SEOUL, Nov. 23 (Yonhap) -- Resuming round-the-clock liaison communications between the two Koreas would be the starting point for a new change in the currently stalled inter-Korean relations, Unification Minister Lee In-young said Monday.
Lee made the remarks during a forum arranged to discuss ways to normalize communication lines between the two Koreas that have remained severed since the North blew up the liaison office in its border town of Kaesong in June in protest of anti-Pyongyang leaflets sent from the South.
"A new change in inter-Korean relations will come first from the resumption of communications through the South-North liaison office," Lee told the forum. "Putting the round-the-clock communication lines back on track would serve as a signal for the start of a 'time for peace.'"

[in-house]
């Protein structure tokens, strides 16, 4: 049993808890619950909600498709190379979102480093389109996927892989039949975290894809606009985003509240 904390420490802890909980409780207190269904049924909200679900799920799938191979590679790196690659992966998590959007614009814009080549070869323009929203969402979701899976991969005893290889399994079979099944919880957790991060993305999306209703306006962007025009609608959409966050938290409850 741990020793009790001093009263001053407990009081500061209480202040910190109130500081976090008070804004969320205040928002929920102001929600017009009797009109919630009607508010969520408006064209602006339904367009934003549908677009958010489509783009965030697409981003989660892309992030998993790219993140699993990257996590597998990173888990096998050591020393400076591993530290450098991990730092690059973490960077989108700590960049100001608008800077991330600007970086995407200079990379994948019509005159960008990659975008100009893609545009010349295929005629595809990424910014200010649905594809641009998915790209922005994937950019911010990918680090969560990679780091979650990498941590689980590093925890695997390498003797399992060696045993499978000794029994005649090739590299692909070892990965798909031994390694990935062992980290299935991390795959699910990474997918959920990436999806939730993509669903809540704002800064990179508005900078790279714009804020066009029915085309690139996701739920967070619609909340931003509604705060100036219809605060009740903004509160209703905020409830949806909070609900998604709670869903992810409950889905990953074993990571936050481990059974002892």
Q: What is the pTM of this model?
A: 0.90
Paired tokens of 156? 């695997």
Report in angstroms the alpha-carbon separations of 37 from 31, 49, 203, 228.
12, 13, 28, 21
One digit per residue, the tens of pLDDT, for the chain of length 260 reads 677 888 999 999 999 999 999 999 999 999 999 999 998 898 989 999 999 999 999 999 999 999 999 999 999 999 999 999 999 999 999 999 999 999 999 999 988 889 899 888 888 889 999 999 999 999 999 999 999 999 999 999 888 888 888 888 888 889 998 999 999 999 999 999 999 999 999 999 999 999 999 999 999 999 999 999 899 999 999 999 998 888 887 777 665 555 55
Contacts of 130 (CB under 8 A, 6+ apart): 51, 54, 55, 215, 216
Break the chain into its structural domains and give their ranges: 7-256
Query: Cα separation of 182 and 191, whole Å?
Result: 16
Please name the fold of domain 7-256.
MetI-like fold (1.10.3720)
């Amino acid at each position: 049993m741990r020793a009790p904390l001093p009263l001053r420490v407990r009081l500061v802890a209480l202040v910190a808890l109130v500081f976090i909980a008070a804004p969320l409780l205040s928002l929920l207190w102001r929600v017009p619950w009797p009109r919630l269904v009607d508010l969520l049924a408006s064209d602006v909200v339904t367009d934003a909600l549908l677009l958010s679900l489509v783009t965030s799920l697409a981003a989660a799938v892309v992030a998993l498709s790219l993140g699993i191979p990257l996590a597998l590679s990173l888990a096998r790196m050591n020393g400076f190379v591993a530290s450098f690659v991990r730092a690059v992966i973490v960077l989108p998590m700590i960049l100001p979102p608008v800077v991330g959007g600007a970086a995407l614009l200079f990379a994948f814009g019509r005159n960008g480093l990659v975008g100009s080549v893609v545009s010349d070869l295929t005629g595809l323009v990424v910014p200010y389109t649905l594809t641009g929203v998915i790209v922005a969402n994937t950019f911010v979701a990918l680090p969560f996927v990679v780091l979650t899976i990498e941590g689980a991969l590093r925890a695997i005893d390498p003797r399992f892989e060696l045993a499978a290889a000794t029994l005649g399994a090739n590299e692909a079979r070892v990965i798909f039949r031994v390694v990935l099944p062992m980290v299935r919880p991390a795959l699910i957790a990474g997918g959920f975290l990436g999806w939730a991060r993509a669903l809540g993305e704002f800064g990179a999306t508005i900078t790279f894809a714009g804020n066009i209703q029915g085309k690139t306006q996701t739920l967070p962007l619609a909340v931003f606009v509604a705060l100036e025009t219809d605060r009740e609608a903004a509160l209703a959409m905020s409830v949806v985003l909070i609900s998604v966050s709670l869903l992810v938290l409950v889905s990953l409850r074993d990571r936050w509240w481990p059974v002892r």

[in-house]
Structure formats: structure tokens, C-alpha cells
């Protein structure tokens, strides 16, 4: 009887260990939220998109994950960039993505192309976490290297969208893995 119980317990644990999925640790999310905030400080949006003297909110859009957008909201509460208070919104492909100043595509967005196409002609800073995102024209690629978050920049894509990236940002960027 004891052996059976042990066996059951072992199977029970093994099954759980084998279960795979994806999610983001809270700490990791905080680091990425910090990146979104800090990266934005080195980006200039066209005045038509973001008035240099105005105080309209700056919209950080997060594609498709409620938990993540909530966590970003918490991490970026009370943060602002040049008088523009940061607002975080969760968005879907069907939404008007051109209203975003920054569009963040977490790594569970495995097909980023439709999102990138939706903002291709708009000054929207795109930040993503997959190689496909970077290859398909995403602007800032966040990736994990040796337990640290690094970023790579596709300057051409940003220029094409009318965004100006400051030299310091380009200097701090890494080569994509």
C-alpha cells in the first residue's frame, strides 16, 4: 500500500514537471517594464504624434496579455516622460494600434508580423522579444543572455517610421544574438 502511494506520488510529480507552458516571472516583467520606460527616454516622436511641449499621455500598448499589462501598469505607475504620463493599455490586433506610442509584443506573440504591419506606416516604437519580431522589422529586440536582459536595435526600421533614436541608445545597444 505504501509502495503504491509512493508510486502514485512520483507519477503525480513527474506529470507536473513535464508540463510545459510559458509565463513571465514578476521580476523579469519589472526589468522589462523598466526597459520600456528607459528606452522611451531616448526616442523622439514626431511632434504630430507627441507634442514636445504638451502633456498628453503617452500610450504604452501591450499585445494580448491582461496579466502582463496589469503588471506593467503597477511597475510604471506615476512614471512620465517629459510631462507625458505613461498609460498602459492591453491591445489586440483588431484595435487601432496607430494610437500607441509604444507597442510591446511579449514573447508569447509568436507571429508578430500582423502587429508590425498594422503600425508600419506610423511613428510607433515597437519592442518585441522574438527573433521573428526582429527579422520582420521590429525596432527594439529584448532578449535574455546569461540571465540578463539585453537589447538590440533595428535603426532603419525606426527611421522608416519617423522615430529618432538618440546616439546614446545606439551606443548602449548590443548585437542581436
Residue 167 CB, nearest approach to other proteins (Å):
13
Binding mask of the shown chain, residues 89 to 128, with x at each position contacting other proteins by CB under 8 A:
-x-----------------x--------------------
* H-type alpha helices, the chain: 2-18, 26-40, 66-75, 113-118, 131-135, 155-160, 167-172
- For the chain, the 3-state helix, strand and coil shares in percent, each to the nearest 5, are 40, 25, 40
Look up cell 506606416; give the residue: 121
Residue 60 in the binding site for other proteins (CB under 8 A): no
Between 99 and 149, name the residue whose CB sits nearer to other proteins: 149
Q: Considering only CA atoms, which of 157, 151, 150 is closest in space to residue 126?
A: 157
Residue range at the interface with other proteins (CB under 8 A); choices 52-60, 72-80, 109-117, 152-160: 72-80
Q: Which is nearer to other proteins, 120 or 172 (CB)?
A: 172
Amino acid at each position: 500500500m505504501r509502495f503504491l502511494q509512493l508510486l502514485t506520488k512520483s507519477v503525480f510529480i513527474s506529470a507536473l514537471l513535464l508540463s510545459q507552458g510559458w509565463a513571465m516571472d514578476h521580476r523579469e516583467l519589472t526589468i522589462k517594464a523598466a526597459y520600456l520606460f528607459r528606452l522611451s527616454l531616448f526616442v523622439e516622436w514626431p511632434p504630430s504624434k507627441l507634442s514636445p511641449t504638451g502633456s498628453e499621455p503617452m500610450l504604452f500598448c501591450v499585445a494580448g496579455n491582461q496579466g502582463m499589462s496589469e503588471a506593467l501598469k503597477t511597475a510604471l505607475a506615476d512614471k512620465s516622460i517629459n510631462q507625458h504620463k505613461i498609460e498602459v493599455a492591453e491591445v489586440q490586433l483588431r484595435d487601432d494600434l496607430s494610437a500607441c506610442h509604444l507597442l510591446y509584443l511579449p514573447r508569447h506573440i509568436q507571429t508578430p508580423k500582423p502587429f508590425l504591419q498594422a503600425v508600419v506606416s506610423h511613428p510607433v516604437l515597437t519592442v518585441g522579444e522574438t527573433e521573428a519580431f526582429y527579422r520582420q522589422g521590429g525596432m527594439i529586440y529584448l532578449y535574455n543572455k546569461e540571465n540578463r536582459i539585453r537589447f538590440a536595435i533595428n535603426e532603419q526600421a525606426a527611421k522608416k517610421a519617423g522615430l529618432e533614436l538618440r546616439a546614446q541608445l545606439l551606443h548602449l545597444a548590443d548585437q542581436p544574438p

The two Koreas opened the liaison office in September 2018 as a follow-up on a summit agreement between South Korean President Moon Jae-in and North Korean leader Kim Jong-un to facilitate cross-border exchanges.
The operation of the office, however, had been left suspended since early this year amid concerns over the coronavirus pandemic. The North cut all cross-border communication lines when it blew up the liaison office in June.
The minister called the North's demolition of the office a "very mistaken act that squarely betrayed our people's hope and passion for peace" and called for efforts to keep the destruction out of the "history of hostility" and rebuild it with "greater peace."
"That is the fate and responsibility for us who are living the reality of division," he said.
As part of efforts to restore round-the-clock communication channels between the two Koreas, Lee proposed opening of representative offices in Seoul and Pyongyang, capitals of the South and the North, respectively, or running a liaison office not just in Kaesong but also in other North Korean areas, including Sinuiju, Rajin and Sonbong.